Albino male rabbits weighing 2.5–3 kg were purchased from Saitama Experimental Animal Supply (Saitama, Japan). Animal experiments were performed in compliance with the experimental animal ethics review committee of Nippon Medical School, Japan. As described previously,9 animals were injected subcutaneously weekly twice with 5 mg/ml bovine serum albumin (BSA) incorporated in Freund's complete adjuvant. Thereafter, the rabbits were injected with 2 mg/ml BSA as a booster weekly two or three times. Rabbits whose antibody titre for BSA had risen more than 16-fold by the Ouchterlony method were used for this study. To induce the Arthus type allergic phenomenon, 30 μl of an 0.5 mg/ml BSA solution was injected in the central corneal stroma of the unilateral eye under the anaesthesia with sodium thiopentone (Ravonal). Control animals were injected with 30 μl sterile normal saline in the central corneal stroma of the unilateral eye. The corneas were observed during the experimental period by direct visual examination. The rabbits were sacrificed with an overdose of sodium thiopentone intravenously at various time points ranging from 3 to 20 days. At each time point, three to four injured corneal buttons with adjacent sclera were collected and processed for light and electron microscopic examinations.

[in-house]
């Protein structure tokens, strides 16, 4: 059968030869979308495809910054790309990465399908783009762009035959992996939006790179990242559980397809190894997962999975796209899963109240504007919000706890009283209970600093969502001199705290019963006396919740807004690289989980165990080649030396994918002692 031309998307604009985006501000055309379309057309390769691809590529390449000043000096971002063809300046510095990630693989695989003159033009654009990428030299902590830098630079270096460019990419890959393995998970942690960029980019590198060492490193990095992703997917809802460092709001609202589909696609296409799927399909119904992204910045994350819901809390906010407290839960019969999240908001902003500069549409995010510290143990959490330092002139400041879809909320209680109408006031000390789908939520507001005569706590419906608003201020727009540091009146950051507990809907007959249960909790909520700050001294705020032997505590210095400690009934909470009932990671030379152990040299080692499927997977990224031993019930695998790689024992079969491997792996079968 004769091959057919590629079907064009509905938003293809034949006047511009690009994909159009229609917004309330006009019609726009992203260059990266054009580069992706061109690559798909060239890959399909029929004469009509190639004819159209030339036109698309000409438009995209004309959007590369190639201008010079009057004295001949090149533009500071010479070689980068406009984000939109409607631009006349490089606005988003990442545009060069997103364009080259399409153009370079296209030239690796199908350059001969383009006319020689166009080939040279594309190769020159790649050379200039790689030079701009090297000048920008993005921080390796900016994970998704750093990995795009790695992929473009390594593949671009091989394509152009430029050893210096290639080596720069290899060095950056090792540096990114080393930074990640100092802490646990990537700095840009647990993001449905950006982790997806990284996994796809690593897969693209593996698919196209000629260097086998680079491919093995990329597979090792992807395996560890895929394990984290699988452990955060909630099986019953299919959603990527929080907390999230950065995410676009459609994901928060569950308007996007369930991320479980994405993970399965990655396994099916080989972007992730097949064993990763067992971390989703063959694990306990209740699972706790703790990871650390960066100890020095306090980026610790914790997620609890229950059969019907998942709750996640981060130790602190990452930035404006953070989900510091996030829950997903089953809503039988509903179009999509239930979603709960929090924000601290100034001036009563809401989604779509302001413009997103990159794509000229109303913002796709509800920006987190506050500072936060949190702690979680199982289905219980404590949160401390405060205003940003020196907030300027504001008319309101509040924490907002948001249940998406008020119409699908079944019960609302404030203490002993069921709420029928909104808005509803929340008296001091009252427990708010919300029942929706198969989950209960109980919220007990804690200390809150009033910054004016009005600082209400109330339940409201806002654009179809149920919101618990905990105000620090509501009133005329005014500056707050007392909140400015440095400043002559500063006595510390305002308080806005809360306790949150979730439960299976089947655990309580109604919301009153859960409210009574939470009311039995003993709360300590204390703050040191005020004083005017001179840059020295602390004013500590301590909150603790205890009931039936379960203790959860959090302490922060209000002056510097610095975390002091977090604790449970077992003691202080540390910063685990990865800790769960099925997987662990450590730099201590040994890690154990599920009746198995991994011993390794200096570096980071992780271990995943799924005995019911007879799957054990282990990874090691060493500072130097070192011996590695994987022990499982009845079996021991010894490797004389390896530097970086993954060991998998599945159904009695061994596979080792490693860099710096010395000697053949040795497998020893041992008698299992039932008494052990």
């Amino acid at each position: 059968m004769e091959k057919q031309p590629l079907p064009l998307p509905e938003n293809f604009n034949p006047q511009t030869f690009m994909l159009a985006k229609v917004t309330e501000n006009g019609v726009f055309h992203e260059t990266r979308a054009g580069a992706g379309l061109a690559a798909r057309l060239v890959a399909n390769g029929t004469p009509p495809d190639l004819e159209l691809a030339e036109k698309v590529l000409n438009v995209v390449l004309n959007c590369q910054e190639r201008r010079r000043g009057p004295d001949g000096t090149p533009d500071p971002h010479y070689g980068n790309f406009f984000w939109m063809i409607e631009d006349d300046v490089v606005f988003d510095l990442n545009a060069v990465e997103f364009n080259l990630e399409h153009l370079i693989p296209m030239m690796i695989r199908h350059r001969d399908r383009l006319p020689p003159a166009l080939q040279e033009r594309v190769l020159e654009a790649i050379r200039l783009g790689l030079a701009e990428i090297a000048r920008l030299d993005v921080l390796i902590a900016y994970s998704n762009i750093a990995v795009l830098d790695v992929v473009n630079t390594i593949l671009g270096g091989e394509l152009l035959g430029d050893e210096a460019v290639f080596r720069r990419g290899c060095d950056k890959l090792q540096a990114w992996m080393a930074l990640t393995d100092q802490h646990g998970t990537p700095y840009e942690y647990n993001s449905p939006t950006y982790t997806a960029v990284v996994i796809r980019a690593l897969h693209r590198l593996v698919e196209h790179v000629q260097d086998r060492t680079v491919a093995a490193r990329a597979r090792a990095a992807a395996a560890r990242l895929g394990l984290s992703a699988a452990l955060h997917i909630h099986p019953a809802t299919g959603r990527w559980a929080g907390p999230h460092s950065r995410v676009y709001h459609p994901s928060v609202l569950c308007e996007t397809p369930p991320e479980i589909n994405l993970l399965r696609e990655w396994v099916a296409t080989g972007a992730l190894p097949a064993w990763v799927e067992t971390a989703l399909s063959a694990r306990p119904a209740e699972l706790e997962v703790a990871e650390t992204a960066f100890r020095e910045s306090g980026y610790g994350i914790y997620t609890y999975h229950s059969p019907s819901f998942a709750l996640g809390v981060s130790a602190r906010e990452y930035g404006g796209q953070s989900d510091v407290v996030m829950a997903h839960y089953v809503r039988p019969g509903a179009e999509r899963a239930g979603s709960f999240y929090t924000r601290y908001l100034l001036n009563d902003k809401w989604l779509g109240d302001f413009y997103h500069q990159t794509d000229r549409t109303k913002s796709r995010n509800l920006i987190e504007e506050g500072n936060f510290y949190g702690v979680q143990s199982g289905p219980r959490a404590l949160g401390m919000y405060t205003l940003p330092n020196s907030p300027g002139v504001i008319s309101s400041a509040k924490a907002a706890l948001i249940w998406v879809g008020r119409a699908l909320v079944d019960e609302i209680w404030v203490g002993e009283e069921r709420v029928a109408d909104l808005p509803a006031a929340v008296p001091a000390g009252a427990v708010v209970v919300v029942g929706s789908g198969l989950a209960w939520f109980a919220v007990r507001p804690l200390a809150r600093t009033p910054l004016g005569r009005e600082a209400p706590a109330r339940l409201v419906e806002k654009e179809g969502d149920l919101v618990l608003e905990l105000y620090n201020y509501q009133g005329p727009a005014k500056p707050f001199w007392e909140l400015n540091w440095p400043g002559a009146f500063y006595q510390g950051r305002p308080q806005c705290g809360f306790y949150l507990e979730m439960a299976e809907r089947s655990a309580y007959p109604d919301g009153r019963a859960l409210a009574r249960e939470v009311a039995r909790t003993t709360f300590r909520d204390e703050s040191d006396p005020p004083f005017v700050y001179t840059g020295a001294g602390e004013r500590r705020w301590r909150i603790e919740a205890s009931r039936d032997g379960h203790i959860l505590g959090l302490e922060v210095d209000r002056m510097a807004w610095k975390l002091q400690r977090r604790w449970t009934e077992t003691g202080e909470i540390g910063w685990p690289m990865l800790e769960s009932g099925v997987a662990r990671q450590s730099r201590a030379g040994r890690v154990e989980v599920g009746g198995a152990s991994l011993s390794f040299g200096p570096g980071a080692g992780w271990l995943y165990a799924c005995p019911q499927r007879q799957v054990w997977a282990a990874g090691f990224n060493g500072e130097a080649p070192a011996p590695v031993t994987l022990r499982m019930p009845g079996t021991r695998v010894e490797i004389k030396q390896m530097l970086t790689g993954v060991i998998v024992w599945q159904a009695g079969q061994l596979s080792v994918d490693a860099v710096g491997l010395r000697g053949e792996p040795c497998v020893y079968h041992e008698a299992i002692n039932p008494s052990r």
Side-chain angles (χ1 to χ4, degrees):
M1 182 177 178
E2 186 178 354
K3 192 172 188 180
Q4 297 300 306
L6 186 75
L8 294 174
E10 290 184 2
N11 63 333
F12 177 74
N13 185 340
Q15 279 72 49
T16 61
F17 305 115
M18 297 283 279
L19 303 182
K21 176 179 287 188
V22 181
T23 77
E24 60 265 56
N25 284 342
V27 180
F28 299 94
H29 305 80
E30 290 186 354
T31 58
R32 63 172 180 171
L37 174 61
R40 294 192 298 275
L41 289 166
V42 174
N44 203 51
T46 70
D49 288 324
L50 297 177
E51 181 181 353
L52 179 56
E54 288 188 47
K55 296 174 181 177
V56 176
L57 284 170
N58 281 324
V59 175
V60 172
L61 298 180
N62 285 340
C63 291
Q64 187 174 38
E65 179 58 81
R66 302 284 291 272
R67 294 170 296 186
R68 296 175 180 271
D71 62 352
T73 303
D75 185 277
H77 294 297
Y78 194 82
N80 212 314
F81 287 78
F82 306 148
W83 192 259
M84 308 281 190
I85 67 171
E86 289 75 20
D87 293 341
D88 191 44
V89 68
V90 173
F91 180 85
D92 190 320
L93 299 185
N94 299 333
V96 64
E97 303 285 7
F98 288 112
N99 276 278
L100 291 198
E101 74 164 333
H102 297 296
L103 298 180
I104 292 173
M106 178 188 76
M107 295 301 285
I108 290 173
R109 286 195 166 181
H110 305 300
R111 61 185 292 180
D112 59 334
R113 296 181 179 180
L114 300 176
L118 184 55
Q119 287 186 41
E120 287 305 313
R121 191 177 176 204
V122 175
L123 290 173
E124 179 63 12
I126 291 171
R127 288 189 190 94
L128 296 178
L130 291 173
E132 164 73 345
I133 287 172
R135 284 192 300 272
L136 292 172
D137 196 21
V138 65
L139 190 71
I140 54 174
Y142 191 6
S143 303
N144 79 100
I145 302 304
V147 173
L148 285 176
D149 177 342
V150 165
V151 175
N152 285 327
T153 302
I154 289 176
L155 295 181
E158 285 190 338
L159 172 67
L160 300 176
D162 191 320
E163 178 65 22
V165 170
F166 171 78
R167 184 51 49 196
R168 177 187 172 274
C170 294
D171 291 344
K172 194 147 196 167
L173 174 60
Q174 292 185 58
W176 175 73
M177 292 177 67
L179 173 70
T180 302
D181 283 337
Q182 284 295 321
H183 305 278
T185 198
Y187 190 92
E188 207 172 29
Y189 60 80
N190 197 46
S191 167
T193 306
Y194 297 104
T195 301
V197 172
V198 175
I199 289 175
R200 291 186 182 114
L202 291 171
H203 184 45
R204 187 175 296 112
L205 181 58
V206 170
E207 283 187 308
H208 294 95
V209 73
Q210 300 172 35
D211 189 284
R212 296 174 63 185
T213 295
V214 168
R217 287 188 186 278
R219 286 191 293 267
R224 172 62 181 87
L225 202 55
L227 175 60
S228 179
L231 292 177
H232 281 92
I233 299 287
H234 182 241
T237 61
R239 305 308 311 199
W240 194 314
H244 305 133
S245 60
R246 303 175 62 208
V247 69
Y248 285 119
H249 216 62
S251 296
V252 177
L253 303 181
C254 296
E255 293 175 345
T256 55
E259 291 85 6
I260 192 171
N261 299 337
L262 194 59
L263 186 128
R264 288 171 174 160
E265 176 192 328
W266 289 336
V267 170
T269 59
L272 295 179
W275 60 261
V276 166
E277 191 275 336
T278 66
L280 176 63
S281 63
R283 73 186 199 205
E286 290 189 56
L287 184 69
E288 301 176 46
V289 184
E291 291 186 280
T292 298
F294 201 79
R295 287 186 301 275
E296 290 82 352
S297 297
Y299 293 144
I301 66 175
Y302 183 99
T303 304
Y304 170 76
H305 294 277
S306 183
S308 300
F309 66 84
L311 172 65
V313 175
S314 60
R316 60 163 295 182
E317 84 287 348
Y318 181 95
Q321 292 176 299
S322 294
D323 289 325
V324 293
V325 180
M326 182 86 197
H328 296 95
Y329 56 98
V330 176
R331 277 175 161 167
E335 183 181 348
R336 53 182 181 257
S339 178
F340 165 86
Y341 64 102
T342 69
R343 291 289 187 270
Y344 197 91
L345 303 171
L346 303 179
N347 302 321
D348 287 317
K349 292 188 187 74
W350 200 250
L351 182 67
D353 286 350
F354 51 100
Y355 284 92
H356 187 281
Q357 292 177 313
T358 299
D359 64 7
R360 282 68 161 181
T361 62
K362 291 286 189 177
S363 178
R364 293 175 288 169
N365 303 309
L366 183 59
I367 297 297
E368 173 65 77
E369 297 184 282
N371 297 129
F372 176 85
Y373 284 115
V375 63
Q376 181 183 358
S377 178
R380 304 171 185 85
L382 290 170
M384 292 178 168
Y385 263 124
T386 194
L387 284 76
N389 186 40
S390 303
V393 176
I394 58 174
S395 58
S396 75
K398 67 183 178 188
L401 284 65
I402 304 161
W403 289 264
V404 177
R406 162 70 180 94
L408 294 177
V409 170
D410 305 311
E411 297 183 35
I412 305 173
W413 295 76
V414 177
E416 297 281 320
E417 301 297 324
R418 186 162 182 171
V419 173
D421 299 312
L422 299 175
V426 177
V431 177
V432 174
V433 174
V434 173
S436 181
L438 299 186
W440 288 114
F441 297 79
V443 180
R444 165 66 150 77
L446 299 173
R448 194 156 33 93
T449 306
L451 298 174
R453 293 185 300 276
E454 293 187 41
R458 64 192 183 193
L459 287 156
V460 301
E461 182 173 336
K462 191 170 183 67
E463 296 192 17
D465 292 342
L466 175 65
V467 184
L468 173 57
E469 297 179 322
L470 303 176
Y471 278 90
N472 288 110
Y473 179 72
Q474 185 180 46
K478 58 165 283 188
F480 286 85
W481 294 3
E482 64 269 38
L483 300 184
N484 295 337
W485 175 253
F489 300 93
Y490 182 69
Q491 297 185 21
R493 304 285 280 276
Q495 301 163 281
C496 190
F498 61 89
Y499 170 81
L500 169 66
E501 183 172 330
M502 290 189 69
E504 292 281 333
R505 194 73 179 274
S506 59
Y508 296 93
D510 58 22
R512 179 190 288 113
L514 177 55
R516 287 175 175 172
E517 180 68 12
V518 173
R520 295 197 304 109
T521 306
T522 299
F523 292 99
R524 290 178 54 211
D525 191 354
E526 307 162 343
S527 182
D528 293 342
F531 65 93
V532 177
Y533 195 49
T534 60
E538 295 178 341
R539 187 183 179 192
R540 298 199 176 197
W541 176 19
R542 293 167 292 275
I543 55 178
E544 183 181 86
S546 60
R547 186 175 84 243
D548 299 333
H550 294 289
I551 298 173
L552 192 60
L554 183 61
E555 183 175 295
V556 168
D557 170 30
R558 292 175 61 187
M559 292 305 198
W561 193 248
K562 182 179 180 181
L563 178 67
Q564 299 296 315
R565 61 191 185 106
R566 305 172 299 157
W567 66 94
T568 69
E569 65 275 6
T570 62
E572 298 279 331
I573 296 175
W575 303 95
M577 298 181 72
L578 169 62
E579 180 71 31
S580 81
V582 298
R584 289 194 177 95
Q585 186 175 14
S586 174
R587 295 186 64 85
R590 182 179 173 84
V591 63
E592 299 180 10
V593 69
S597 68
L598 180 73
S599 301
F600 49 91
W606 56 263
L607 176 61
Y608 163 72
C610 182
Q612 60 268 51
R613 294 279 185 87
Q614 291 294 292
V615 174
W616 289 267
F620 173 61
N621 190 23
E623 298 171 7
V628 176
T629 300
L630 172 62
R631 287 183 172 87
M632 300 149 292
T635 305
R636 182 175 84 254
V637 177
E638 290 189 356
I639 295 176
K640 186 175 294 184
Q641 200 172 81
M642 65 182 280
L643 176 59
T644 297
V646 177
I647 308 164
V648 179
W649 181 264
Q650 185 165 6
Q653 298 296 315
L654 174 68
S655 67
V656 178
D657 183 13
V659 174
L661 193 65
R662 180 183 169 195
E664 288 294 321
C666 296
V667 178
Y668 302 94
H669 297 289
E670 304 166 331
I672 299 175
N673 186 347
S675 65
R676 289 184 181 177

LIGHT MICROSCOPY

Corneal tissue specimens were fixed in 4% buffered paraformaldehyde for 16–24 hours at 4°C. Each tissue was divided into two halves. One semicircular half was embedded in paraffin and the other was immersed in OCT compound and frozen in dry ice-acetone. A section from each paraffin block was stained with haematoxylin and eosin for histological examinations.